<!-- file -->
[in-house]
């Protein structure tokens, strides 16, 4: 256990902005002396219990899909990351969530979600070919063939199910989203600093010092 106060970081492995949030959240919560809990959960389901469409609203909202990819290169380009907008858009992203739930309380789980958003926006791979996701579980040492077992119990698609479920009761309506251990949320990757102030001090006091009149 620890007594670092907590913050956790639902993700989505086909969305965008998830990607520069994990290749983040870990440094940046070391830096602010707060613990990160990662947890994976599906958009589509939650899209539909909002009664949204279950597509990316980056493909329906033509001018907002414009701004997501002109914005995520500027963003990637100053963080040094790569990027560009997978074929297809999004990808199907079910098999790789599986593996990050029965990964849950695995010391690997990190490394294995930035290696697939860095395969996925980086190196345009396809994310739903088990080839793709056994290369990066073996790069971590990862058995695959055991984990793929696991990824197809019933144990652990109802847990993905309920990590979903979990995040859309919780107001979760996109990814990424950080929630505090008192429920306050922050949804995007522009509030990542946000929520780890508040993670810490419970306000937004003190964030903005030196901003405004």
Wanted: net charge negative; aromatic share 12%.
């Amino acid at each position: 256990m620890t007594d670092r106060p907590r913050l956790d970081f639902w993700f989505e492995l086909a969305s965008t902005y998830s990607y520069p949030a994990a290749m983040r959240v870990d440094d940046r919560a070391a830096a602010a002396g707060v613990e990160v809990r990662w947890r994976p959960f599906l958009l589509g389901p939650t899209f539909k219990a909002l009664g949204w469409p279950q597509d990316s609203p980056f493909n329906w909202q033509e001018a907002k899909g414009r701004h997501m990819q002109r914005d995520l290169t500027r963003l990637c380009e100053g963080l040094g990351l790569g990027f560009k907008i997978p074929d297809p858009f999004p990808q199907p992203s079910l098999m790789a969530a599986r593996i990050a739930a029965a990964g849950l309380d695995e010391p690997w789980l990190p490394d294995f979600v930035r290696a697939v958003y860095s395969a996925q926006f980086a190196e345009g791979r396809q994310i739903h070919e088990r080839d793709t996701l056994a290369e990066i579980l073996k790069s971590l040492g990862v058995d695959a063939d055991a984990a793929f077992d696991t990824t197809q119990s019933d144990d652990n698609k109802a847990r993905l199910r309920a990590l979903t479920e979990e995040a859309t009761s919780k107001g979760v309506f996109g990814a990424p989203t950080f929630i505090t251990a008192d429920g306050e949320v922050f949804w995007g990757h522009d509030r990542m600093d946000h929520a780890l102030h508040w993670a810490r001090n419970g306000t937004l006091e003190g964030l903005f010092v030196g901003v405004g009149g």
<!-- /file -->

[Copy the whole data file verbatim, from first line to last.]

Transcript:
[in-house]
């Protein structure tokens, strides 16, 4: 256990902005002396219990899909990351969530979600070919063939199910989203600093010092 106060970081492995949030959240919560809990959960389901469409609203909202990819290169380009907008858009992203739930309380789980958003926006791979996701579980040492077992119990698609479920009761309506251990949320990757102030001090006091009149 620890007594670092907590913050956790639902993700989505086909969305965008998830990607520069994990290749983040870990440094940046070391830096602010707060613990990160990662947890994976599906958009589509939650899209539909909002009664949204279950597509990316980056493909329906033509001018907002414009701004997501002109914005995520500027963003990637100053963080040094790569990027560009997978074929297809999004990808199907079910098999790789599986593996990050029965990964849950695995010391690997990190490394294995930035290696697939860095395969996925980086190196345009396809994310739903088990080839793709056994290369990066073996790069971590990862058995695959055991984990793929696991990824197809019933144990652990109802847990993905309920990590979903979990995040859309919780107001979760996109990814990424950080929630505090008192429920306050922050949804995007522009509030990542946000929520780890508040993670810490419970306000937004003190964030903005030196901003405004």
Wanted: net charge negative; aromatic share 12%.
């Amino acid at each position: 256990m620890t007594d670092r106060p907590r913050l956790d970081f639902w993700f989505e492995l086909a969305s965008t902005y998830s990607y520069p949030a994990a290749m983040r959240v870990d440094d940046r919560a070391a830096a602010a002396g707060v613990e990160v809990r990662w947890r994976p959960f599906l958009l589509g389901p939650t899209f539909k219990a909002l009664g949204w469409p279950q597509d990316s609203p980056f493909n329906w909202q033509e001018a907002k899909g414009r701004h997501m990819q002109r914005d995520l290169t500027r963003l990637c380009e100053g963080l040094g990351l790569g990027f560009k907008i997978p074929d297809p858009f999004p990808q199907p992203s079910l098999m790789a969530a599986r593996i990050a739930a029965a990964g849950l309380d695995e010391p690997w789980l990190p490394d294995f979600v930035r290696a697939v958003y860095s395969a996925q926006f980086a190196e345009g791979r396809q994310i739903h070919e088990r080839d793709t996701l056994a290369e990066i579980l073996k790069s971590l040492g990862v058995d695959a063939d055991a984990a793929f077992d696991t990824t197809q119990s019933d144990d652990n698609k109802a847990r993905l199910r309920a990590l979903t479920e979990e995040a859309t009761s919780k107001g979760v309506f996109g990814a990424p989203t950080f929630i505090t251990a008192d429920g306050e949320v922050f949804w995007g990757h522009d509030r990542m600093d946000h929520a780890l102030h508040w993670a810490r001090n419970g306000t937004l006091e003190g964030l903005f010092v030196g901003v405004g009149g």